Can a Woman Make Her Husband Pay for Her Divorce?

By River Braun, J.D.

Can a Woman Make Her Husband Pay for Her Divorce?

By River Braun, J.D.

As a general rule, a wife cannot force her husband to pay for their divorce. Each party in the divorce action pays for his or her attorney fees and costs. However, there are circumstances in which a judge may order a husband to pay the wife's attorney fees and costs. The reasons vary by state, but most states require the wife to file a motion and prove there is a good cause for requesting that her husband pays for the divorce.

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Complications and Income Disparities

In some cases, a husband may unnecessarily complicate a divorce action, thereby requiring the wife to incur additional attorney fees. For example, the husband purposefully undervalues assets or hides income to impact property division and spousal support. A judge may award the wife attorney fees because she incurred additional costs that would not have been necessary had the husband not engaged in bad faith and wrongdoing.

Income disparities are another factor a judge may take into account when considering a wife's motion for payment of attorney's fees and costs. For example, if a wife has little to no income or assets or if she stayed at home to raise a family while her husband worked, she likely does not have the money to hire an attorney. A judge may order her husband to pay her attorney fees so that she is guaranteed sound legal representation during the divorce process.

Access to Property

In every divorce, your marital assets—the property that you and your spouse acquired during the marriage—are distributed as equally as possible. Because of this, the judge can order that the husband pay the wife's attorney fees as an advance on the amount of property she will receive in an equitable distribution of assets. When considering a motion to request payment of attorneys fees, a judge may consider the totality of a wife's income vs. assets and expenses, the complexity of the case, and the attorney's fees already incurred.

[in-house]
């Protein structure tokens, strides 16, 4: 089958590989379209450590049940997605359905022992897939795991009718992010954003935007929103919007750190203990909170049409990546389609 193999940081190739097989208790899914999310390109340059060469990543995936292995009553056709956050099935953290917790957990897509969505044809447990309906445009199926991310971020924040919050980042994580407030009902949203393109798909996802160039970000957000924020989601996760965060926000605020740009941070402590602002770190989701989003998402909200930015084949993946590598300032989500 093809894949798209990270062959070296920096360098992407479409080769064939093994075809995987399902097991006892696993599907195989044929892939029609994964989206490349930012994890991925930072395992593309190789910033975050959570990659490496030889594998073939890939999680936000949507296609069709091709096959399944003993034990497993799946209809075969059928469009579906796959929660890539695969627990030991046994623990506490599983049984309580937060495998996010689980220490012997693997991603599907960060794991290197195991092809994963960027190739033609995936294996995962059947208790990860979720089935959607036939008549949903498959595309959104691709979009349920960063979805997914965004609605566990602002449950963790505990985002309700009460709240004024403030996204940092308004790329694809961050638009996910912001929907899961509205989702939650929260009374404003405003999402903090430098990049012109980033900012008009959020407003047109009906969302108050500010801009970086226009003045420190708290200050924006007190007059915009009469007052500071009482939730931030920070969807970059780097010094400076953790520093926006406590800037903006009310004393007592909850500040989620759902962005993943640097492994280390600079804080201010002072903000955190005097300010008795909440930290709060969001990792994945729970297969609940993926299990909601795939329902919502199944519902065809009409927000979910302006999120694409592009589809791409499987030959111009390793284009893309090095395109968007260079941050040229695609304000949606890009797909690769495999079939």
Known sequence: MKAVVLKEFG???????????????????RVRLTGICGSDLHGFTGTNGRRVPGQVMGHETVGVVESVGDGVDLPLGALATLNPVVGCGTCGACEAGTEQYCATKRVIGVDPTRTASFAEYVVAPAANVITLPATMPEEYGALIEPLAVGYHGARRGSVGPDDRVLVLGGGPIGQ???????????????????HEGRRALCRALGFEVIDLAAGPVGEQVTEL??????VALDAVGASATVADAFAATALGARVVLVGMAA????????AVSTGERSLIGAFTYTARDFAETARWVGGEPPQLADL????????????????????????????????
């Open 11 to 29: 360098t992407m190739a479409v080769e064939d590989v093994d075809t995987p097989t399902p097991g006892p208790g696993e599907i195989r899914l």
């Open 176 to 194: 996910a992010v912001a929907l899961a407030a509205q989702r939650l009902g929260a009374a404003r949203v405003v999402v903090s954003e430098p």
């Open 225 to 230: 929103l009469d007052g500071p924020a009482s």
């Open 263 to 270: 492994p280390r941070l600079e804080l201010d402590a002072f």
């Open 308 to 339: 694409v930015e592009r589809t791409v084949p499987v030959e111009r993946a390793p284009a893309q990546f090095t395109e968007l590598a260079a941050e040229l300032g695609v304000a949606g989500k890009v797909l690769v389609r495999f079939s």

In most cases, if a wife has access to property or income, a judge is not likely to order the husband to pay for her attorney fees. If a wife has the ability to pay an attorney for advice, a judge typically leaves that financial obligation to her and does not place it on the husband unless there are other factors to influence that decision, such as a gross disparity in assets or whether the husband has been hiding assets or otherwise unnecessarily prolonging the process.

Also, the court does not award the payment of attorney fees and costs in a divorce action entirely on gender. If a wife earns more income than her husband, has access to greater assets, or unnecessarily complicates the divorce action, a judge could order that the wife pay the husband's costs for the divorce.

A divorce proceeding can be expensive, especially if the parties do not agree on issues such as child support, alimony, custody, and property division. Each divorce action is unique, and divorce laws vary by state. A judge considers a motion for attorney fees and costs based on the facts in the case and the state's specific divorce laws.

This portion of the site is for informational purposes only. The content is not legal advice. The statements and opinions are the expression of author, not LegalZoom, and have not been evaluated by LegalZoom for accuracy, completeness, or changes in the law.

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